Given Nagel’s objective-subjective polarity, it seems they want to paint postmodernism as claiming that everything is subjective and that science (and religion) hold claims to objectivity. Hilary Lawson, the geezer on the right takes a position between extremes, but he denounces Julian’s claim about objective truth, noting that many people (especially of religious persuasions) make claims on Truth that are diametrically opposed, ostensibly labelling the same object simultaneously black and white. And the object for all intents and purposes is red.
I’ve gotten out of order, but Julie Bindel makes some good points on Feminism and suggests that the philosophical feminists—may I call them pheminists? No? OK then—such as Judith Butler have set women’s rights back by claiming that the category of ‘woman’ is invalid. Minni Salami defended Judith by noting that Butler has helped constructively in some ways and, citing Simone de Beauvoir, that woman is a category established by men to create The Other Sex. Still, Julie—not incorrectly—states that without a category, women (or whatever collective term one decides is representative) cannot be afforded legal protections—because law, as facile as it is, is all about categories and classes.
Hilary reenters the fray and states that it is not acceptable for one person to claim that their lived experience is all that is needed just because that is their truth. To be fair, this feels like a bit of a strawman argument. Perhaps I need to get out more, but I am not familiar with anyone credible making this claim.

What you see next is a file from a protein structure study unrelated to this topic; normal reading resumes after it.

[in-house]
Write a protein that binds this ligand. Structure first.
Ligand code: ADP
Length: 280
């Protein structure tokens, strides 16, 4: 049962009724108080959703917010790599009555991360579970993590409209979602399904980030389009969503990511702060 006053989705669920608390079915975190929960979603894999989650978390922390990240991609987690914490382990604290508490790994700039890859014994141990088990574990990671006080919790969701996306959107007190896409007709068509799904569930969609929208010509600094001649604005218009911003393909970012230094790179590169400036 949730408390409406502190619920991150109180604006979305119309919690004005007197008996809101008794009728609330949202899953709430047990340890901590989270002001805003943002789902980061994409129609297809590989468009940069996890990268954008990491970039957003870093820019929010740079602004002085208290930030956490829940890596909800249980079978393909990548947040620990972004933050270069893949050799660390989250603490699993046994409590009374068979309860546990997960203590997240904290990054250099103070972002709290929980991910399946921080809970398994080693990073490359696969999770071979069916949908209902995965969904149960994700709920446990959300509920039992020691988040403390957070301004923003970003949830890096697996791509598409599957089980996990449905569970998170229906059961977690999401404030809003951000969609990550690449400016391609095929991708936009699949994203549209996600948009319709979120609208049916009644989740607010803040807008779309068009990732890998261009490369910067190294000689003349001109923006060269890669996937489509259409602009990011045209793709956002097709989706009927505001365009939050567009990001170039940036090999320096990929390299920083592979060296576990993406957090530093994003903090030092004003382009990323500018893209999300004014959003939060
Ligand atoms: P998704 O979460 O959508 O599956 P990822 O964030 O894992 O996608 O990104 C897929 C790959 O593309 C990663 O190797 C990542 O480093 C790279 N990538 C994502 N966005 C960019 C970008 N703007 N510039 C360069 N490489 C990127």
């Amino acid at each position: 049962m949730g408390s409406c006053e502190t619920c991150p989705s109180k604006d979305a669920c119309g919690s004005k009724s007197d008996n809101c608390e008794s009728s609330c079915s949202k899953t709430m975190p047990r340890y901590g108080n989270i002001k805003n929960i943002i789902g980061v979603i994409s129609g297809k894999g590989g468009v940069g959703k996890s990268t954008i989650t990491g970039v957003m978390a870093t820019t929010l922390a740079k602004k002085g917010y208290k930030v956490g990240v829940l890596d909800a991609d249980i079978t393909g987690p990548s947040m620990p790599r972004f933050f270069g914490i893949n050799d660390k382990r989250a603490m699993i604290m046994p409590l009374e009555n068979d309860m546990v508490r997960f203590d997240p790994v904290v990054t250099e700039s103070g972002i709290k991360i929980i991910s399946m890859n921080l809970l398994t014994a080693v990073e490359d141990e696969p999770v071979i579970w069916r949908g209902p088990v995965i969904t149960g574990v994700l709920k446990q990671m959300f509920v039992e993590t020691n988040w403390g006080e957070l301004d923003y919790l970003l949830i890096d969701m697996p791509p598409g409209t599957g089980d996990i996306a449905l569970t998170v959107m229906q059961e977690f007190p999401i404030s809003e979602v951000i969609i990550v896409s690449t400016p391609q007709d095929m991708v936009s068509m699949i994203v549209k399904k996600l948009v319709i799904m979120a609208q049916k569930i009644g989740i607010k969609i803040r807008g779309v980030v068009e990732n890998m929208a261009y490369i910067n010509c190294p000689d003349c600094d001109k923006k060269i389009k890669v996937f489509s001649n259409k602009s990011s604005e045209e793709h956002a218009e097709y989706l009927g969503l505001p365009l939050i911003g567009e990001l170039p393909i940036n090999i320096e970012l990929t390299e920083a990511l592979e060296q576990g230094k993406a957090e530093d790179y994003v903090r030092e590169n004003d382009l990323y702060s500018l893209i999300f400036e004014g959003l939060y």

I enjoyed watching this clip and processing the information. I hope you do as well. If you have any comments, I’d love to read them.
The Conspiracy against the Human Race is a work of non-fiction by horror author Thomas Ligotti. There is an audio podcast version and a YouTube video version. Feel free to leave comments in the space below or on YouTube.
In this segment, I’ll be reviewing a book by Thomas Ligotti, The Conspiracy Against the Human Race, A Contrivance of Horror.
I haven’t done any book reviews, but since I tend to read a lot of books, I figure why not share my take and see how it’s received? If you like these reviews, click the like button and I’ll consider creating more.
Let’s get started.
First, I’ll be providing a little background, and then I’ll summarise some of the content and main themes. I’ll close with my review and perspective.
The author is Thomas Ligotti. He is a published writer in the horror genre in the vein of Lovecraft’s atmospheric horror. I’ve not read any of his work and haven’t read much fiction in ages.
The Conspiracy Against the Human Race is Ligotti’s first work of non-fiction. The book was originally published in 2010. I read the 2018 paperback version published by Penguin Books.
Conspiracy Against the Human Race falls into the category of Ethics and Moral Philosophy in a subcategory of pessimism. The main thesis of this book is that humans ought never to have been born. Following in the footsteps of anti-natalist David Benatar, who published Better Never to Have Been Born in 2007, Ligotti doubles down on Benatar’s position on the harm of coming into existence and argues that humans should just become extinct. Moreover, we should take out life in general.
In the book, Ligotti posits that consciousness was a blunder of nature and is the root of all suffering. He argues the derived Buddhist position of dukkha, which translates as Life is suffering. He establishes that most people are aware of this fact, but that we are nonetheless wired to be biased toward optimism through delusion and what a psychoanalyst might call repressed memories. Moreover, pessimists are a cohort not tolerated by society, who don’t want their delusions shattered.